Study: Texas birth control fell after Planned Parenthood cut
AUSTIN - A new study finds that Texas saw a drop in women obtaining long-acting birth control after Republican leaders booted Planned Parenthood from a state women's health program in 2013, which researchers say may explain an increase in births among some poor families.
The research examined the effects of Texas severing taxpayer ties with the largest abortion provider in the U.S. The same year Texas barred Planned Parenthood, then-Gov. Rick Perry signed tough abortion restrictions that shuttered clinics statewide.
Researchers say their findings suggest a likely policy link between the exclusion of Planned Parenthood and women obtaining long-acting birth control.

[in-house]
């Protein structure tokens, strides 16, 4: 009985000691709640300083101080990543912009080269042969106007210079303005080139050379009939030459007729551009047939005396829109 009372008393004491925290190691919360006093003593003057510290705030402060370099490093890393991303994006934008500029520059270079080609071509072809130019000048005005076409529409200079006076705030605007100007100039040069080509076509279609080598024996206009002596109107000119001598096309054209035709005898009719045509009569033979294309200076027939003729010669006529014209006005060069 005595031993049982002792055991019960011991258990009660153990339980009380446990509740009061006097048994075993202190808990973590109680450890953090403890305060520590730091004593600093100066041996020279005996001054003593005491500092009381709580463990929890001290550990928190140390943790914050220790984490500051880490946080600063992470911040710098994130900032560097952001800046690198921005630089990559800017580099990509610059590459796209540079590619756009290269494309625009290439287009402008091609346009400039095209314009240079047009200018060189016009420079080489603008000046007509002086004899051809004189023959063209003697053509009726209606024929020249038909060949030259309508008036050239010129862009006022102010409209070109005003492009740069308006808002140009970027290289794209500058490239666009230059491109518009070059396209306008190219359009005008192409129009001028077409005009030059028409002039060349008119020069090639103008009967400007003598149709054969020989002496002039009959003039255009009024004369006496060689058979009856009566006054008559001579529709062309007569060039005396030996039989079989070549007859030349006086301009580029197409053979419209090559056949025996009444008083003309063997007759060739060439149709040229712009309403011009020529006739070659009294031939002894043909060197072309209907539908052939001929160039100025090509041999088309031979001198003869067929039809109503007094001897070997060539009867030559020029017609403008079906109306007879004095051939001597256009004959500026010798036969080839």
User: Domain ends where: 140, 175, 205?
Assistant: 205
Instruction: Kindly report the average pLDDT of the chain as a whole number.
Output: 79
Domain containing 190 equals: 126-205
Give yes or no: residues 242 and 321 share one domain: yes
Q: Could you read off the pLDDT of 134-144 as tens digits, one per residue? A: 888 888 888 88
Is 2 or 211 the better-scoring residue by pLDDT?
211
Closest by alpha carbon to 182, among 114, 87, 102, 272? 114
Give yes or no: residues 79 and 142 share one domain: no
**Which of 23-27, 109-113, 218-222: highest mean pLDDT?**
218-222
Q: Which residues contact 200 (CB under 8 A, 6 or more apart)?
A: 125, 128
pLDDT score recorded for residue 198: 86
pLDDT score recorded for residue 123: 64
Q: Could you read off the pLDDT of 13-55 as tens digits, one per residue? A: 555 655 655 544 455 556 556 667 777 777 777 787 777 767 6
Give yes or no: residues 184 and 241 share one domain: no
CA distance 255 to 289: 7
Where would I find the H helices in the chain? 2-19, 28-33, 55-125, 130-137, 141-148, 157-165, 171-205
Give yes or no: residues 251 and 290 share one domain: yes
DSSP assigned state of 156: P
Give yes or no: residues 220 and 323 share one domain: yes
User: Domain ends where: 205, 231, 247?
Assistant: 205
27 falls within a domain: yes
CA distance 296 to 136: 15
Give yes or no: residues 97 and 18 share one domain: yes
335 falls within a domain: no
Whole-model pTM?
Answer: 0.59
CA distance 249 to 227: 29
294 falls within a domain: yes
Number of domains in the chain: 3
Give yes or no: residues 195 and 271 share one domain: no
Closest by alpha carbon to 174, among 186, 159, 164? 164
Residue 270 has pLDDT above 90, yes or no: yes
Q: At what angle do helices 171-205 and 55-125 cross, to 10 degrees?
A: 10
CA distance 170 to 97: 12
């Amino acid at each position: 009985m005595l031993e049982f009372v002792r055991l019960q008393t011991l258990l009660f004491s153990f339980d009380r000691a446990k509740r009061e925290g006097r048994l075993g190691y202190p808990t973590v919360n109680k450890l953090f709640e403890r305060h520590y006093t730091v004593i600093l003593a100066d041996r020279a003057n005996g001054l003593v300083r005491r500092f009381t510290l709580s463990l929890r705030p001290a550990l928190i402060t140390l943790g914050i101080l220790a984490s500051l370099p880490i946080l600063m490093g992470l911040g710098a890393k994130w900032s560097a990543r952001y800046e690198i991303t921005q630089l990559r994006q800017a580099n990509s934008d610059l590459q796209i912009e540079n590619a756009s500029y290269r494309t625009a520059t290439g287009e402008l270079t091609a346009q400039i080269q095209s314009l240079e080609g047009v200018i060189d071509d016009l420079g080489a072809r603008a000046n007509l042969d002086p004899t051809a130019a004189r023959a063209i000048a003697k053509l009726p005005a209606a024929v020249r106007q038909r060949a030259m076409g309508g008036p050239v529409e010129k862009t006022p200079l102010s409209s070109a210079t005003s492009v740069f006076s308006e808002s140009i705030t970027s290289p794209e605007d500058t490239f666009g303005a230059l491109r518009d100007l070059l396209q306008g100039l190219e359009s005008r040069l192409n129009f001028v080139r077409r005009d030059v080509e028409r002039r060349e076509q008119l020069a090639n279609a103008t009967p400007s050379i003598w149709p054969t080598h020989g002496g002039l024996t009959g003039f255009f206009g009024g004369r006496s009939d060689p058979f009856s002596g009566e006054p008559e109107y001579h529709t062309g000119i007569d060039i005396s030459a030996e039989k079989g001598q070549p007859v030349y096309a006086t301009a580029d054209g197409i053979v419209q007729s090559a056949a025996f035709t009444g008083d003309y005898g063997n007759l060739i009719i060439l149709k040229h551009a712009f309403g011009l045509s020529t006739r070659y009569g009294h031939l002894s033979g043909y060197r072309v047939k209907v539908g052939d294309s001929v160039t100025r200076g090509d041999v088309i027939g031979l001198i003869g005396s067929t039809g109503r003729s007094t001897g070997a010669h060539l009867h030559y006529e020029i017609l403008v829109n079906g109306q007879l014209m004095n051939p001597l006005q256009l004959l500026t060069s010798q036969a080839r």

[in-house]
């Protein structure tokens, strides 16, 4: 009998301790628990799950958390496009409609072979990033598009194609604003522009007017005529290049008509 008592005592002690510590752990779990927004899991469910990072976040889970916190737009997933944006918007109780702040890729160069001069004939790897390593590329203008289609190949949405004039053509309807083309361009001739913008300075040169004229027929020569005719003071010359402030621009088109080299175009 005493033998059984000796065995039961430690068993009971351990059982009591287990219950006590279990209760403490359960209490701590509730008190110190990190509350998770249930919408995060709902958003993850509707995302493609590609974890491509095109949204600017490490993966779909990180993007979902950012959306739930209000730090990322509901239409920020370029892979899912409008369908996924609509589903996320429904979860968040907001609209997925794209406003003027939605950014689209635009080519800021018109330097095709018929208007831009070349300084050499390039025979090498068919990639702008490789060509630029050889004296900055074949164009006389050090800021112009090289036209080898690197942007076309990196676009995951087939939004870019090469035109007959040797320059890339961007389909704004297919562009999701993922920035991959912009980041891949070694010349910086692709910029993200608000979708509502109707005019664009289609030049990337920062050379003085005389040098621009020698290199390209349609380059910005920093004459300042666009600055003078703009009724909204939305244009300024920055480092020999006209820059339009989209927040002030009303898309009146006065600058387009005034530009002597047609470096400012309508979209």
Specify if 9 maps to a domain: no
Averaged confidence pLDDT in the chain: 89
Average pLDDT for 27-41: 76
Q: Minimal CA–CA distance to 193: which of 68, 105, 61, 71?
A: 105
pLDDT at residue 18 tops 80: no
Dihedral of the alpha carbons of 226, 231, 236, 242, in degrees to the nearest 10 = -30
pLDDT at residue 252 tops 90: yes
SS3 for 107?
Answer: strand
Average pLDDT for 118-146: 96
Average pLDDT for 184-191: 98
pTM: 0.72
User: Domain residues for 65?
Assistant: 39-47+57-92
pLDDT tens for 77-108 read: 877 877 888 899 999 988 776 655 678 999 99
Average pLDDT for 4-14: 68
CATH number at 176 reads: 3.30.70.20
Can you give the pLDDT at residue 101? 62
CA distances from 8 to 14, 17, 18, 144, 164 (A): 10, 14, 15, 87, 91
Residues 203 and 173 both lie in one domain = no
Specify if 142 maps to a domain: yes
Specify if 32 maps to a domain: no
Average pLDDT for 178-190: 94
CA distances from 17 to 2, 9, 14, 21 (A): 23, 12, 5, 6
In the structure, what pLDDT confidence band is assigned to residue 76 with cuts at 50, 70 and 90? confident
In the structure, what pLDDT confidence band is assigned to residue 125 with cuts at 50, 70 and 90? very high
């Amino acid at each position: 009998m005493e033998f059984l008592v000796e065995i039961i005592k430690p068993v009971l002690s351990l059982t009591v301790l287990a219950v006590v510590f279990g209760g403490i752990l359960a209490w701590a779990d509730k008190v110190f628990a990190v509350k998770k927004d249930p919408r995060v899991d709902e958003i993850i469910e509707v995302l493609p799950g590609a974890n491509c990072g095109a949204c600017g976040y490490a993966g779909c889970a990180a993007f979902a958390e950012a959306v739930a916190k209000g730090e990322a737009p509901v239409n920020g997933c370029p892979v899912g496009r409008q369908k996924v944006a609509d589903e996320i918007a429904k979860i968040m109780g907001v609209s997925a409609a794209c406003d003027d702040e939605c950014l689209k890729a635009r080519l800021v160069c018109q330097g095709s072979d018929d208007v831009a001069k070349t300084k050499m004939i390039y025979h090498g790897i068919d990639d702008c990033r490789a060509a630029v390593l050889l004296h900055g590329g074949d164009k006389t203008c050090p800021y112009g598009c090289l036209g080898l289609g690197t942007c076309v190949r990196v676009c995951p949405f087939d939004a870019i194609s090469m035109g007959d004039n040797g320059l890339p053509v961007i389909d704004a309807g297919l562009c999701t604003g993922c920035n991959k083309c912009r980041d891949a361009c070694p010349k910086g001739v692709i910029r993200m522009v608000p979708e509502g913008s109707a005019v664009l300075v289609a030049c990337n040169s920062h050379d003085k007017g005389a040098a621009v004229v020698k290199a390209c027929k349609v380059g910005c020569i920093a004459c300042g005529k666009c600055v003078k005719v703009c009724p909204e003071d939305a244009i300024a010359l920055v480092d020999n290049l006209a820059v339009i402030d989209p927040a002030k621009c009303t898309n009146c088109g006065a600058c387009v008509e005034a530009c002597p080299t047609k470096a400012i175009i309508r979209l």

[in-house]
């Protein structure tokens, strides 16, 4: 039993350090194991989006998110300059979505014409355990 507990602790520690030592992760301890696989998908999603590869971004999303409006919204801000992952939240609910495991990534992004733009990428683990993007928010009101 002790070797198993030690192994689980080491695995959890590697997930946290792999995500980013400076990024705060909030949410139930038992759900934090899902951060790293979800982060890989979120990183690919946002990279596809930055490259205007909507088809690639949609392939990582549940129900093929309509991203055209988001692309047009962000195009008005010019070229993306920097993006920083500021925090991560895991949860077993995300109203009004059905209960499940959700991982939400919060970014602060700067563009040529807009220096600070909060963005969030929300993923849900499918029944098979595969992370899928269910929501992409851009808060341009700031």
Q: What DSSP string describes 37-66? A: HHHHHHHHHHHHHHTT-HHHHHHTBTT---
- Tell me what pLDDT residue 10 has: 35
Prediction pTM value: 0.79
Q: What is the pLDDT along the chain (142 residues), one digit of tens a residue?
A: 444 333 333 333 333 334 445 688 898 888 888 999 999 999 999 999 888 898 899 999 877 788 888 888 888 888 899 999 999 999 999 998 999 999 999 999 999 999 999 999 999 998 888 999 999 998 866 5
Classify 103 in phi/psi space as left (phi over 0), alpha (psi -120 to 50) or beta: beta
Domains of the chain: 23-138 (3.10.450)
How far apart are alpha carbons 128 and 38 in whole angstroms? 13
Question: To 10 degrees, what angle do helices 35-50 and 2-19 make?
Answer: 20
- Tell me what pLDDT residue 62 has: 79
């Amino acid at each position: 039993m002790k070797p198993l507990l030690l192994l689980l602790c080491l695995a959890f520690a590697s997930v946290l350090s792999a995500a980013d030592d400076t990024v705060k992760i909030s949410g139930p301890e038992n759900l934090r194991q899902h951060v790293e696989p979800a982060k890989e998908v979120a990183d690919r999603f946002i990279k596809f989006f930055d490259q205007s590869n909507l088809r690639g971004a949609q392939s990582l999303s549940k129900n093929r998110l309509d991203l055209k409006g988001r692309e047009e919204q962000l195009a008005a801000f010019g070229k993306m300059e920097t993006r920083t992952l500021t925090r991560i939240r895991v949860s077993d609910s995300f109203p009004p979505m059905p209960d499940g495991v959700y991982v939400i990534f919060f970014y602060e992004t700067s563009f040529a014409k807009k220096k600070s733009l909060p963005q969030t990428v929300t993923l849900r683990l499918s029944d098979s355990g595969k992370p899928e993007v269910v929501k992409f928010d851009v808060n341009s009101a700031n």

Republican state Sen. Jane Nelson called the study misleading and defended access to women's services.
The study was released Wednesday by the New England Journal of Medicine.
Desktop NewsClick to open Continuous News in a sidebar that updates in real-time.
Denham Springs restaurant defying mask mandate served shut-down order Monday
Boy Scouts to be heavily affected by no football season
Unemployed worry about bills; questions hover over executive orders
La. reports 4th death tied to child illness possibly linked to COVID-19
Ascension Parish schools welcome students back to classrooms, virtually & in-person
LSU AD releases statement as conferences debate canceling college football season
SEC adds Vanderbilt, Missouri to LSU's 2020 football schedule
DD Breaux speaks on her legacy at LSU
SEC presidents approve plan for 10-game, conference-only football schedule
SWAC moves fall sports, including football to the spring